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“What do you think of Chinese girls, Sir?”

It was early in the morning, and I had heard a quiet knock at the hotel room door. Haggardly rising from a jet-lagged slumber, I opened it and was confronted by a small Chinese woman who barged her way into the room. She told me in quick, heavily-accented English that I was teaching in one hour, and I would have 3 lessons in a row. The topic would be myself. 

Before I had time to protest that I’d only arrived earlier that night, had zero teaching experience and didn’t even know where exactly in the city of Hangzhou I was, she was gone. This was it, the deep end, I thought to myself as I rushed around, fumbling for a paper and pen to plan the first lesson, wondering what I could possibly say about myself for an entire hour that would keep 30 or so Chinese teenagers entertained.

After a few days in bizarre limbo, teaching at a summer school just down the road, I was put on a bus along with some similarly confused English teachers, and sent to a small provincial town on the outskirts of Hangzhou where we would spend the next month.

As with most things in China, first lessons with a group of students would always be eye opening, slightly embarrassing but always interesting. As soon as I entered a new classroom, there would be a flood of questions from the mundane to the outrageous. The first would always be: “Do you have a girlfriend?” followed by loud giggles from everyone, before someone asked, “What do you think of Chinese girls?” or pressured me for an opinion on Justin Bieber. Inevitably, I was then asked how tall I was. Being 6ft 4 in a class of 5ft teenagers left the students both amused and scared of my comparatively towering height.

Compared to University life, the teaching job was hard work and full-on, with almost no guidance from the school. Compared to the students however, our workload was relatively light.  For us the day started at 9am, ridiculously early for someone used to rolling out of bed for a midday lecture. For the Chinese students the first lesson began at 6am and they didn’t get to bed until long past 10pm, with a meagre hour and a half for lunch and a further hour for dinner. The boys would even skip meals to play sports, running round in the blistering tropical summer heat in their precious time off before sprinting off to their next lesson.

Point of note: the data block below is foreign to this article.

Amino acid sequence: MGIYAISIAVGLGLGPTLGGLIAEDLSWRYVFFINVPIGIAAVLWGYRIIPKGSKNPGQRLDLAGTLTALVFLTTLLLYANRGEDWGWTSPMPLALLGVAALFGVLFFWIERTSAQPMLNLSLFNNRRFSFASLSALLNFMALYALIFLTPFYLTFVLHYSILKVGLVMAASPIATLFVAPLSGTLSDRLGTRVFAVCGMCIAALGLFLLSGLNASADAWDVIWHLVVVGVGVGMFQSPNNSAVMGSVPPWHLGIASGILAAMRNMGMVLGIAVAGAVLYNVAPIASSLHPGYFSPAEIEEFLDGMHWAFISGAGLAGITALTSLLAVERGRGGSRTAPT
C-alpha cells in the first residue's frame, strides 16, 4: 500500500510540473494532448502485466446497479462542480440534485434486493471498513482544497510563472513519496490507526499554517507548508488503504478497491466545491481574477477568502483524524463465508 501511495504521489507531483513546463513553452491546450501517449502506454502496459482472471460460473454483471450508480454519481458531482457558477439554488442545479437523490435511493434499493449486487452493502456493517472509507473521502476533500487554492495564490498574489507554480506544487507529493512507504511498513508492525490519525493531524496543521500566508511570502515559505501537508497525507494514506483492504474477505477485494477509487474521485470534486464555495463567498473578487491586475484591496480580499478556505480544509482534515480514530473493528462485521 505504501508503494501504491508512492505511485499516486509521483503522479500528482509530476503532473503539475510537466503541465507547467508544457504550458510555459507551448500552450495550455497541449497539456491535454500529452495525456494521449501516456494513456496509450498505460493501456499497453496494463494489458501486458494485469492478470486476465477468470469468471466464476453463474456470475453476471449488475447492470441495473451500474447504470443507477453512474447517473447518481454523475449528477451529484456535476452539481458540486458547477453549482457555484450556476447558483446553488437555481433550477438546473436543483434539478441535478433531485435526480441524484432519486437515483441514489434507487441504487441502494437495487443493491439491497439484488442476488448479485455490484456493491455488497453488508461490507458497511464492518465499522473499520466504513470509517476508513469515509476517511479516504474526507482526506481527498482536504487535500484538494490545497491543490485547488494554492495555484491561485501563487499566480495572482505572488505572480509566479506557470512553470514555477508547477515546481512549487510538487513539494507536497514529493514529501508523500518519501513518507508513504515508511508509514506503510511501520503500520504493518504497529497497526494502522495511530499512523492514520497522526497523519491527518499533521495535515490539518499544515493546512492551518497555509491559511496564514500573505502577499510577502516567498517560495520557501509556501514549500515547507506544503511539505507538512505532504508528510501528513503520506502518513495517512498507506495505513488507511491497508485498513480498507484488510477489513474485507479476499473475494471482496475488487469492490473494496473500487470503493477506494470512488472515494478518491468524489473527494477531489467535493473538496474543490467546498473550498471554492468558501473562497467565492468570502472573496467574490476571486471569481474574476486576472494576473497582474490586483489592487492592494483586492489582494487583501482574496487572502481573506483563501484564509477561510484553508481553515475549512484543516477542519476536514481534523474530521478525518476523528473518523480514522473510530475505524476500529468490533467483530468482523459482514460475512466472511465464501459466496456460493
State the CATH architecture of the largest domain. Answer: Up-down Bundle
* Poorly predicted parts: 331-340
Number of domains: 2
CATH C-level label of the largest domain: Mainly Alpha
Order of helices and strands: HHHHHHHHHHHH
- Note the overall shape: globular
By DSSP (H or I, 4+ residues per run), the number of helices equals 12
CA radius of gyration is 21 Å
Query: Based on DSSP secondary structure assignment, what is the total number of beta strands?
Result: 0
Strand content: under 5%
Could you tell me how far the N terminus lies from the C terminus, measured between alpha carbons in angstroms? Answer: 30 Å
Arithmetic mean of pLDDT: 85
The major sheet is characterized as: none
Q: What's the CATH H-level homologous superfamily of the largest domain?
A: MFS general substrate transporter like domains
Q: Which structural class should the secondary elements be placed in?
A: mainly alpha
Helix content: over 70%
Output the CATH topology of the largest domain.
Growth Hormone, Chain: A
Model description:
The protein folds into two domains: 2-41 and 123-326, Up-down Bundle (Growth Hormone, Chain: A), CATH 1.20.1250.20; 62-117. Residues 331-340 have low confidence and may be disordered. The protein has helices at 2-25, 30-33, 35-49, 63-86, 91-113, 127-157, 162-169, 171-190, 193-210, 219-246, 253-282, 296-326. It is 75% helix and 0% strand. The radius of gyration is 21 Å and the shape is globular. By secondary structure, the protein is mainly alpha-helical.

I found my position in the school unique; the foreign teachers were someone the students could talk to, albeit brokenly, about their school woes and we spent many a lesson ranting about their daily life, the fact they were at school during their summer holidays, the bad food and the strict rules enforced by their merciless headmaster. But all of them were full of hope. Their goal was university, which would bring them a freedom they’d never yet experienced. Freedom from home and from the relentless Chinese education system. They knew that they would have to work exceptionally hard to get there, with the country’s huge population limiting opportunities for further study, but they all had exceptional drive and motivation, something I found both inspirational yet at times slightly terrifying.

Spending my summer in China was by far one of the more constructive options I could have taken. Aside from the costs of flights, everything was paid for by the school and I even received an unexpected pay check at the end which I put to good use in the bars of Beijing. The culture and lifestyle were at times outright confusing. I would always find myself at some point in the day shaking my head and growing impatient when I just couldn’t get my head around something, be it the gratuitous consumption of chicken feet or locals grabbing me for an impromptu photo shoot in the street. It was all part of the experience though and far from alienating myself from the way of life I began embracing it, finding myself noisily slurping up noodles in backstreet restaurants and munching on chicken heart kebabs after a heavy night of homebrew drinking competitions in the local bars. Teaching in a foreign country was certainly never going to be easy, but the challenge of it made it a greatly rewarding and outstandingly eye-opening trip.

Richard Collett

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